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Providing for Further Consideration of H.R. 1947, Federal Agriculture Reform and Risk Management Act of 2013

Floor Speech

By:
Date:
Location: Washington, DC

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Mr. HORSFORD. Mr. Speaker, first let me commend the gentleman from Massachusetts (Mr. McGovern) and his leadership for 18 years on fighting for the needs of SNAP assistance for our most vulnerable citizens.

I rise and stand with Mr. McGovern against this procedural rule and in support of the underlying amendment that Mr. McGovern, myself, and other Members have. This amendment will prevent cuts to the SNAP funding program.

The Federal Agriculture Reform and Risk Management Act of 2013 includes $20.5 billion in cuts to the SNAP program. That will come on top of an expiration of a benefits boost from the Recovery Act of 2009.

SNAP provides food assistance to approximately 46 million Americans in need, and it is estimated that at least 353,000 Nevadans will feel the impact of the upcoming double whammy of SNAP cuts from the FARRM Bill and the expiration of the Recovery Act boost.

The bottom line is that the SNAP program is our Nation's most important antihunger program. It kept 4.7 million people out of poverty in 2011, including 2.1 million children.

I had a community conference call with my constituents and families in my district who count on SNAP. Many of them live in food deserts. The benefits they receive right now aren't enough for a healthy meal.

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Mr. HORSFORD. Yet we are talking about cutting these benefits even further while we continue subsidies to big industries that are well-off. Those priorities are backwards.

For the mother in my district who is expecting another child and who counts on SNAP, for the disabled family that stands in line for hours at the food bank, and for the elderly who rely on SNAP to get the food that they need, for everyone who made their voice heard by calling my office, I refuse to accept that we should cut $20.5 billion in vital food assistance programs, and I will continue to work with Mr. McGovern and my colleagues until we can restore these funds.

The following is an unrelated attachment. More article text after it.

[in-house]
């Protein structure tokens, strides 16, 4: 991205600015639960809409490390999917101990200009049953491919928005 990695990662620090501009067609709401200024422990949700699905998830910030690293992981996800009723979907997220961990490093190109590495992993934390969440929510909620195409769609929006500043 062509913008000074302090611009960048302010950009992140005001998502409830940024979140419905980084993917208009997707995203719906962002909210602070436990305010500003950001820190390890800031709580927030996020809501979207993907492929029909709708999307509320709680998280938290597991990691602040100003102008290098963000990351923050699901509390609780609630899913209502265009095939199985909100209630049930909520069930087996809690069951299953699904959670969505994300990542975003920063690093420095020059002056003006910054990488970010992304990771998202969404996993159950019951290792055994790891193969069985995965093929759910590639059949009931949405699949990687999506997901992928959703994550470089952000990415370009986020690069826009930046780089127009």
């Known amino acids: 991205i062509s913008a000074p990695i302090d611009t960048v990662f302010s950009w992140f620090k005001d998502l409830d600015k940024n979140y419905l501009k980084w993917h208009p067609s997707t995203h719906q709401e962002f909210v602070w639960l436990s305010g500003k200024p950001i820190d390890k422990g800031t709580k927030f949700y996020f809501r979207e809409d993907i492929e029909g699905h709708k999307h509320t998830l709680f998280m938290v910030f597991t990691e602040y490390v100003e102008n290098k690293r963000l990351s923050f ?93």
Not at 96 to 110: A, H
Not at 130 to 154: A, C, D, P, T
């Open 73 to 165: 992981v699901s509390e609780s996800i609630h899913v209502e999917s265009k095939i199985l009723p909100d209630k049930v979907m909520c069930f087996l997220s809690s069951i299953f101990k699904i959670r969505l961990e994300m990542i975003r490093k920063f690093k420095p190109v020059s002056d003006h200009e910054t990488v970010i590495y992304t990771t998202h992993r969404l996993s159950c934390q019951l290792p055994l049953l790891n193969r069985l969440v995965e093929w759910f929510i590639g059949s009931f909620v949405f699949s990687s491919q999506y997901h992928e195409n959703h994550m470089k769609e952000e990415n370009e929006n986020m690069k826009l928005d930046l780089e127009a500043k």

Today's rule will allow for a number of amendments to be considered. I urge all of my colleagues to support an amendment offered by Mr. McGovern, myself, and other members. Our amendment will prevent cuts to SNAP funding.

The Federal Agriculture Reform and Risk Management Act of 2013 includes $20.5 billion in cuts to the Supplemental Nutrition Assistance Program (or SNAP). That will come on top of an expiration of a benefits boost from the Recovery Act in 2009.

Without the Recovery Act's boost, SNAP benefits will average about $1.40 per person per meal. If the Farm Bill passes the House as it is currently written, the average benefit may drop even lower.

SNAP provides food assistance to approximately 46 million Americans in need and it is estimated that at least 353,000 Nevadans will feel the impact of the upcoming double whammy of SNAP cuts from the Farm Bill and expiration of the Recovery Act boost.

The bottom line is that SNAP is our nation's most important anti-hunger program. It kept 4.7 million people out of poverty in 2011, including 2.1 million children. And SNAP has cut the number of children living in extreme poverty in half.

I had a community conference call with families in my district who count on SNAP. They live in food deserts. The benefits they receive right now are not enough for a healthy meal. And yet, we are talking about cutting these benefits even further while we continue subsidies to industries that are well-off. Those priorities are backwards.

So for the mother in my district who is expecting another child who counts on this program, for the family that stands in line for hours at the food bank, and for elderly who rely on SNAP to get the food they need, for everyone who made their voice heard by calling my office, I refuse to accept that we should cut $20.5 billion in vital food assistance.

Extra points: According to the USDA's Economic Research Service: Each $1 billion of retail generated by SNAP creates $340 million in farm production, and 3,300 farm jobs; every $1 billion of SNAP benefits also creates 8,900-17,900 full-time jobs; an additional $5 of SNAP benefits generates $9 in total economic activity.

These programs are not handouts. They are a hand up. And they help stimulate the economy.

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